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The Stone Carvers

by Jane Urquhart

From The Stone Carvers’ first pages, we are among the stuff of fairytale: a woodcarver, a seamstress, a king with the power to grant wishes, a child who wanders the world, a questing heroine disguised as a man. Such Old World fable leavens the harsh New World where Irish and Bavarian immigrants hack a foothold out of the forests of southwestern Ontario, “trying to force Western culture on a place where it undoubtedly had no place to be.” For those who left behind Europe’s famines and persecution, it is bitter irony when the Great War summons their grandsons back across the sea, returning them broken and maimed, or not at all.

Jane Urquhart takes on large ideas here: religion, obsession, sex, history, love. But her overarching theme is once again the power of art – in this case, carving – to give meaning to incomprehensible suffering and loss. The book’s second half centres around a historical figure, Walter Allward, sculptor of the massive Canadian memorial at Vimy Ridge.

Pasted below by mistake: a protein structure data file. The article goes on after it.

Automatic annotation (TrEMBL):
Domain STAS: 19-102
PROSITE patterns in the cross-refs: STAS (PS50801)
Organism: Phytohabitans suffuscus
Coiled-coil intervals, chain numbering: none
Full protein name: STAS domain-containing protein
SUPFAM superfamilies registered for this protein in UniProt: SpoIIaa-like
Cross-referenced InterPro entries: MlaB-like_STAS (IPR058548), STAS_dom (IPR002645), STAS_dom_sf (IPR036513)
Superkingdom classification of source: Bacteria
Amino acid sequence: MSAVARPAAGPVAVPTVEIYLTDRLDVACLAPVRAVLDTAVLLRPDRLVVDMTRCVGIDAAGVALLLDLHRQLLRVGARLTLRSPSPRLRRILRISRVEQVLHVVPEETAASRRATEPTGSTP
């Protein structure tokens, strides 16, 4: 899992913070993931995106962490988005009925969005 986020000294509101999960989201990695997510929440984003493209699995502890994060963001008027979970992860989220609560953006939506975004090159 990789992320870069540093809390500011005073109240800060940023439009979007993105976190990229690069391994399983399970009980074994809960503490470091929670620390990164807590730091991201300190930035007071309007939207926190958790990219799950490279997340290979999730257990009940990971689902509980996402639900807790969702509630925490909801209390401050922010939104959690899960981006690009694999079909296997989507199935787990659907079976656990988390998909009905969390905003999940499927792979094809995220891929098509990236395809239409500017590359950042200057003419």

The monumental conclusion is, however, the book’s least successful section. As private individuals – a heartbroken woman, a maimed soldier, an Italian immigrant’s son – contribute their gifts as carvers to the vast work that redeems both public and personal tragedy, it’s hard to suppress a peculiarly Canadian cynicism that hears rising violins and envisions roiling cinematic closeups.

What works best are Urquhart’s ravishing images (like the farmer who each spring plows up a fresh crop of mud-soaked Bibles – French, English, German – from the fields of war) that have the potential to alter how we see life. She also has a mesmerizing ability to animate the past, calling up events and eras with extraordinary clarity and imbuing them with wonder and marvel. For all its preoccupation with stone, this is a much warmer book than The Underpainter.


Reviewer: Maureen Garvie

Publisher: McClelland & Stewart


Price: $34.99

Page Count: 388 pp

Format: Cloth

ISBN: 0-7710-8686-5

Released: Apr.

Issue Date: 2001-4

Categories: Fiction: Novels